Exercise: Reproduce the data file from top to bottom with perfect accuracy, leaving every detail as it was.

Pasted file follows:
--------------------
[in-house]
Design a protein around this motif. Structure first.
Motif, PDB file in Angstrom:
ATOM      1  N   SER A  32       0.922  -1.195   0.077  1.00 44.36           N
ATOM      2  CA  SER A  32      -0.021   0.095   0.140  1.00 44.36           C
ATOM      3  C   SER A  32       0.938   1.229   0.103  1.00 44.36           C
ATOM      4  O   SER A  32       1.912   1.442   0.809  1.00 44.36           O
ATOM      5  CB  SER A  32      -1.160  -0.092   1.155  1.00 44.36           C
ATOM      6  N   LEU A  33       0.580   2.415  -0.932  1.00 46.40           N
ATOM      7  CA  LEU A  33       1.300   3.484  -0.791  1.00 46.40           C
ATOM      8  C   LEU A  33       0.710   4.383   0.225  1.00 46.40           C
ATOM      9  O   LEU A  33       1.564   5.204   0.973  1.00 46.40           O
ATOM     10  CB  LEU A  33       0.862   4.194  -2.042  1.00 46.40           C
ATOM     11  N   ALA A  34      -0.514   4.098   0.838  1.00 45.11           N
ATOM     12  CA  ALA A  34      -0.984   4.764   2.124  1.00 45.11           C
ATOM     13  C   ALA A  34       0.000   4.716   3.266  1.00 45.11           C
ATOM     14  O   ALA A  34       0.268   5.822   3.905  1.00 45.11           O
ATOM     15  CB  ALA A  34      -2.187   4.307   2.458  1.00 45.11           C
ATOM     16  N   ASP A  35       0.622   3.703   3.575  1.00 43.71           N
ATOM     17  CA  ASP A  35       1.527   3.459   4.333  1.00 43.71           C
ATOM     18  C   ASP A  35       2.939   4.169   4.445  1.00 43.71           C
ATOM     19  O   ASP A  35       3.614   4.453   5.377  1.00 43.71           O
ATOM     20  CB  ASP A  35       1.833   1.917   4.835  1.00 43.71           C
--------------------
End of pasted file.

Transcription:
[in-house]
Design a protein around this motif. Structure first.
Motif, PDB file in Angstrom:
ATOM      1  N   SER A  32       0.922  -1.195   0.077  1.00 44.36           N
ATOM      2  CA  SER A  32      -0.021   0.095   0.140  1.00 44.36           C
ATOM      3  C   SER A  32       0.938   1.229   0.103  1.00 44.36           C
ATOM      4  O   SER A  32       1.912   1.442   0.809  1.00 44.36           O
ATOM      5  CB  SER A  32      -1.160  -0.092   1.155  1.00 44.36           C
ATOM      6  N   LEU A  33       0.580   2.415  -0.932  1.00 46.40           N
ATOM      7  CA  LEU A  33       1.300   3.484  -0.791  1.00 46.40           C
ATOM      8  C   LEU A  33       0.710   4.383   0.225  1.00 46.40           C
ATOM      9  O   LEU A  33       1.564   5.204   0.973  1.00 46.40           O
ATOM     10  CB  LEU A  33       0.862   4.194  -2.042  1.00 46.40           C
ATOM     11  N   ALA A  34      -0.514   4.098   0.838  1.00 45.11           N
ATOM     12  CA  ALA A  34      -0.984   4.764   2.124  1.00 45.11           C
ATOM     13  C   ALA A  34       0.000   4.716   3.266  1.00 45.11           C
ATOM     14  O   ALA A  34       0.268   5.822   3.905  1.00 45.11           O
ATOM     15  CB  ALA A  34      -2.187   4.307   2.458  1.00 45.11           C
ATOM     16  N   ASP A  35       0.622   3.703   3.575  1.00 43.71           N
ATOM     17  CA  ASP A  35       1.527   3.459   4.333  1.00 43.71           C
ATOM     18  C   ASP A  35       2.939   4.169   4.445  1.00 43.71           C
ATOM     19  O   ASP A  35       3.614   4.453   5.377  1.00 43.71           O
ATOM     20  CB  ASP A  35       1.833   1.917   4.835  1.00 43.71           C